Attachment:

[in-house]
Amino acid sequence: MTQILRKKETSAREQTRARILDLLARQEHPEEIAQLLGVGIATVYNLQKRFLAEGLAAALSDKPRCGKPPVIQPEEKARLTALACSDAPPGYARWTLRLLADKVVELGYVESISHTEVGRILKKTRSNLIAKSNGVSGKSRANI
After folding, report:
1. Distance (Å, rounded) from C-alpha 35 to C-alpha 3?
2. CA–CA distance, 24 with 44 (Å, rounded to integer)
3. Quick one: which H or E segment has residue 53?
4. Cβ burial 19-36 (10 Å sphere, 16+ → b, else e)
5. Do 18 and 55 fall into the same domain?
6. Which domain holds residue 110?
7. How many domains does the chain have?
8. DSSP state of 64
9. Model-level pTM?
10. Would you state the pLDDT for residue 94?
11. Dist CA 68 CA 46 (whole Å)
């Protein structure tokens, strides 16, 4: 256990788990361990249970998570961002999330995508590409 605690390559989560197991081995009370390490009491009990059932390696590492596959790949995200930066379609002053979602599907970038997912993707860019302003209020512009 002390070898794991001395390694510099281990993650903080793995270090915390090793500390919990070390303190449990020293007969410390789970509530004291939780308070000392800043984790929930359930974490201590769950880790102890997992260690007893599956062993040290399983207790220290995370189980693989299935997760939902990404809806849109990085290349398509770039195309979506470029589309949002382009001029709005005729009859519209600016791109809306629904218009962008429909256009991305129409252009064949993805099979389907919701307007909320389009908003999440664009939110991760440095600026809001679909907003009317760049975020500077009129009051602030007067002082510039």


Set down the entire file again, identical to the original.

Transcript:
[in-house]
Amino acid sequence: MTQILRKKETSAREQTRARILDLLARQEHPEEIAQLLGVGIATVYNLQKRFLAEGLAAALSDKPRCGKPPVIQPEEKARLTALACSDAPPGYARWTLRLLADKVVELGYVESISHTEVGRILKKTRSNLIAKSNGVSGKSRANI
After folding, report:
1. Distance (Å, rounded) from C-alpha 35 to C-alpha 3?
2. CA–CA distance, 24 with 44 (Å, rounded to integer)
3. Quick one: which H or E segment has residue 53?
4. Cβ burial 19-36 (10 Å sphere, 16+ → b, else e)
5. Do 18 and 55 fall into the same domain?
6. Which domain holds residue 110?
7. How many domains does the chain have?
8. DSSP state of 64
9. Model-level pTM?
10. Would you state the pLDDT for residue 94?
11. Dist CA 68 CA 46 (whole Å)
């Protein structure tokens, strides 16, 4: 256990788990361990249970998570961002999330995508590409 605690390559989560197991081995009370390490009491009990059932390696590492596959790949995200930066379609002053979602599907970038997912993707860019302003209020512009 002390070898794991001395390694510099281990993650903080793995270090915390090793500390919990070390303190449990020293007969410390789970509530004291939780308070000392800043984790929930359930974490201590769950880790102890997992260690007893599956062993040290399983207790220290995370189980693989299935997760939902990404809806849109990085290349398509770039195309979506470029589309949002382009001029709005005729009859519209600016791109809306629904218009962008429909256009991305129409252009064949993805099979389907919701307007909320389009908003999440664009939110991760440095600026809001679909907003009317760049975020500077009129009051602030007067002082510039």